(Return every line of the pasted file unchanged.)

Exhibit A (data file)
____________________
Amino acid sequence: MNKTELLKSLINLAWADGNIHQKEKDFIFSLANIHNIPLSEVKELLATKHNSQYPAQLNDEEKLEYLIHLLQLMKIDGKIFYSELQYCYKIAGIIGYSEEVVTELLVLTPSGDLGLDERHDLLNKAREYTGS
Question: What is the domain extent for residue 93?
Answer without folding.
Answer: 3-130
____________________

Amino acid sequence: MNKTELLKSLINLAWADGNIHQKEKDFIFSLANIHNIPLSEVKELLATKHNSQYPAQLNDEEKLEYLIHLLQLMKIDGKIFYSELQYCYKIAGIIGYSEEVVTELLVLTPSGDLGLDERHDLLNKAREYTGS
Question: What is the domain extent for residue 93?
Answer without folding.
Answer: 3-130